Sooo, is fancy language *required* to stand out in your business?
She said biophilic.
I’m not making a that’s-what-she-said joke here because that’s actually what she said.
And I had no idea what it meant. (Neither did the other ladies on the video chat.)
You know what happened as soon as I heard that word? I stopped listening because I had no idea what it meant, I was trying to figure out if I should know what it meant, I was wondering if I had heard correctly (because my hearing is a little not so good)…
I got stuck on one word and didn’t hear the rest of her elevator pitch.
I didn’t know if the rest of her pitch was of interest to me. I didn’t know what she did (okay, lie, errr, stretching the truth to make a point because I totally do know her and what she does), I didn’t know who she helps, and, quite frankly, I didn’t care.
Just because I got stuck on one word.
The culprit here, my friend, is jargon. Don’t let it happen to you.
Here’s how to make sure people are hearing what you’re saying (or, I guess, reading what you’re writing) instead of searching the card catalogue of their mind to see if that word you just used was maybe one they memorized for the SATs.
Use simple words
I don’t know if it’s because we want to impress people with our expansive SAT vocabulary or if we honestly think people understand what we’re saying when we’re throwing $20 words out left and right.
I assure you we do and they don’t.
Here’s what’s going to happen when you’re using fancy words: People are going to feel put off because you sound smart (sorry, but it’s true). They’re going to feel a little less than. They’re going to feel intimidated. They’re going to assume you’re too expensive for them. (After all, you’ve gotta charge premium prices for those expensive words.)
Fact: Most Americans read at a seventh or eighth grade level.
Your target client might be in there. Which means you need to make sure you’re using words that your client understands.
Otherwise? You’re going to have a hell of a time reaching them.
Next time you’re writing something – whether it’s an elevator pitch, an email, a sales page – check your dictionary and your thesaurus at the door and make sure you’re using words everyone can understand.
So no bioindividuality. No bioenergetics. No biocompatible.
I believe the saying is, “Keep it simple, stupid” Not, “Keep it smart, sassy-pants.”
Use client language
I have bad news for you: Just because you’ve forsaken the sophisticated words doesn’t mean you’re keeping it simple.
That’s because you’re still using jargon and coach speak and industry terms – even if they’re easy to understand.
Sure, we all know what the words “pregnancy weight” mean.
But are those the words your client is actually using? Are they walking around going, “Jeez oh man, I really need someone to help me with my pregnancy weight loss goals.”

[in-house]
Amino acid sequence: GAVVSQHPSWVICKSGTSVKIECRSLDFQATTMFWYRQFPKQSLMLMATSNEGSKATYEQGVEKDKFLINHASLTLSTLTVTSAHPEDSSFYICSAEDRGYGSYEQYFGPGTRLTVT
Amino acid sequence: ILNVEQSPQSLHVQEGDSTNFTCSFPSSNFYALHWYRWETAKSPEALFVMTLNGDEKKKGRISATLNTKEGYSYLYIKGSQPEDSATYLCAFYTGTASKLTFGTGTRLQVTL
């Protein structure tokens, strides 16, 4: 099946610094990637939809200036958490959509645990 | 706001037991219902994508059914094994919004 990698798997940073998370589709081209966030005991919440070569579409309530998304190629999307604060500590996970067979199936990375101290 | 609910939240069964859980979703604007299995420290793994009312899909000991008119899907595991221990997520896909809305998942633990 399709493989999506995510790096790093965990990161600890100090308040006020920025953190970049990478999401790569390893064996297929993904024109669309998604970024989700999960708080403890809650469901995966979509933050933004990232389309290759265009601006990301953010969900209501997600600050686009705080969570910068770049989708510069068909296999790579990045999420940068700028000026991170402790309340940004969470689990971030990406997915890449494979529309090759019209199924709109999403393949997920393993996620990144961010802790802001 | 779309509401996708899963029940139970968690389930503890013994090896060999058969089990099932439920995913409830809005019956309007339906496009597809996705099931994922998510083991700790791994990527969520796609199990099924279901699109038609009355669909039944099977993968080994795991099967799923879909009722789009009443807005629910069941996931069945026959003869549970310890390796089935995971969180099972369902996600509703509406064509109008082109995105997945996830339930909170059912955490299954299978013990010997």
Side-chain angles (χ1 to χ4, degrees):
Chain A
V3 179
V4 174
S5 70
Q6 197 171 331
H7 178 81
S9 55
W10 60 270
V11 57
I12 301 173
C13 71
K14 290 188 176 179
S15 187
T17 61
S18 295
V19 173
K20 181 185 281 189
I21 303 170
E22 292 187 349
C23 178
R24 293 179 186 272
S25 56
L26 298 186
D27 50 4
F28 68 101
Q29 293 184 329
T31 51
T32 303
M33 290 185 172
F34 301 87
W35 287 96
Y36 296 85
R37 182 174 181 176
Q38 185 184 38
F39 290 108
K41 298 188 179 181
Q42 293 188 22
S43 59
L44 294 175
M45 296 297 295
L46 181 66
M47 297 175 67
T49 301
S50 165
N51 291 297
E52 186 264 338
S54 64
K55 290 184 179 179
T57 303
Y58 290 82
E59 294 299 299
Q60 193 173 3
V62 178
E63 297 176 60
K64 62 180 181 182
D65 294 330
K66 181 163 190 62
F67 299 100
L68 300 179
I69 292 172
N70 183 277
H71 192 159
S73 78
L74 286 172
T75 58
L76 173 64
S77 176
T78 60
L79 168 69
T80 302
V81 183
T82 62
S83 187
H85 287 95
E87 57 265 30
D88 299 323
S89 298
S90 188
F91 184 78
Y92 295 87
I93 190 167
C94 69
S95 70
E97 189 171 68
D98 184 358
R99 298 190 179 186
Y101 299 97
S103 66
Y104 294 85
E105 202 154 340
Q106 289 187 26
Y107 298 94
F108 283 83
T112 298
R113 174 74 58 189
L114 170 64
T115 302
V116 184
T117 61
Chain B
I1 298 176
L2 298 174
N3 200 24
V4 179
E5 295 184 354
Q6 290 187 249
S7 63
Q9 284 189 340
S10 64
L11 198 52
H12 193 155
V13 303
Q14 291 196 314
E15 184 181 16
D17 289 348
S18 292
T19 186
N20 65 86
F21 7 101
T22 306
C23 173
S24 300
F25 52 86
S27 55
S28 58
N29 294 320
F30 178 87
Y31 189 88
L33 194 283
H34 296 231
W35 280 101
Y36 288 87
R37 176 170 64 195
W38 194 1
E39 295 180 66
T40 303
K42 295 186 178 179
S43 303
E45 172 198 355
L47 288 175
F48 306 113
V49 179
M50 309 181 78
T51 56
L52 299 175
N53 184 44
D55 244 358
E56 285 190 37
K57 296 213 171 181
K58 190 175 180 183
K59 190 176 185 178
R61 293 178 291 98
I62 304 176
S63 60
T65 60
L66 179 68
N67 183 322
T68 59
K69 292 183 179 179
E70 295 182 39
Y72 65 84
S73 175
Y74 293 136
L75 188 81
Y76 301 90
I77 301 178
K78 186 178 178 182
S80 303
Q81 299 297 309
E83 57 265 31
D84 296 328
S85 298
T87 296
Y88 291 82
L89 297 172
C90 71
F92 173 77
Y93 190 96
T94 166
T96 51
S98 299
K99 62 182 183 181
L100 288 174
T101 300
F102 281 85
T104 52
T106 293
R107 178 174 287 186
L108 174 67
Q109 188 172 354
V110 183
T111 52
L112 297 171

Maybe…but might they be a little more likely to say something like, “I really just want to fit into these pre-pregnancy jeans again.”
Which one do you think people are going to relate to more? Some generic promise of pregnancy weight loss or the allure of fitting into a long-abandoned pair of pants?
When you’re clinging to your jargon, you’re making it harder for people to get what you do, for people to see themselves in your work, and for people to know you can help them.
And I think that’s the opposite of simple.
You want people to know exactly what you do, to relate to that last blog post you wrote, and to know without a doubt that you are THE person that can help them reach their goals.
What does this mean for you, my friend?
It means no “release the weight.” No “shed what’s weighing you down.” And, please, no “create a caloric deficit.”
Always, always, always ask yourself if your client would use those words.
Show, don’t tell
This is an old piece of copywriter advice. And it’s a good one.
Too often, we get wrapped up in telling people how they’re going to look or feel when we’re done with them.
We tell them things like, “You’re going to look amazing!” Or, “Your ass is going to look hot in those jeans!” Maybe even, “You are going to be soooo toned.”
Definitely all things people want, right?
Yes, definitely. Buuut…if you really, really want people to get what you do and pick up what you’re putting down (do you smelllll…what The Rock is cooking?!) you might be better off showing them than telling them.
Show them what amazing looks like. Show them what a hot ass looks like. Show them what toned looks like.
(And we’re not talking pictures, my friend. We use words around here.)
What would your client do if she felt amazing? What would her life look like? What would she be able to do that she might not have done before? What’s changed about her day-to-day life?
Maybe to her amazing looks like not being afraid to wear a crop top to hot yoga. Maybe it means not hiding in the back row, away from the mirrors, and rolling out her mat front and center. Maybe it means looking in the mirror at the studio and not avoiding making eye contact with herself.
There’s a whole bunch of things amazing could look like – what does it look like for your client?
I know, I know, that’s a big question…
But it’s our job as business owners to answer those big questions. To really know our clients and what they’re looking for. And to speak their language.
So, go ahead. Take a peek at the last newsletter you sent out. Do you spot any jargon in there? Any overcomplicated language? Think about how you could have said it differently so that you’re connecting with your audience using simple language they would actually use. And next time? Say it that way.
If you’re having trouble with jargon and speaking your client’s language, might I suggest a stroll through 10 Days to Better Than Okay Copy? There are two (!) whole days dedicated to spotting and eradicating jargon. I’m serious about this shit. Did I mention there’s a workbook? Yeah, you want that. Grab your spot here.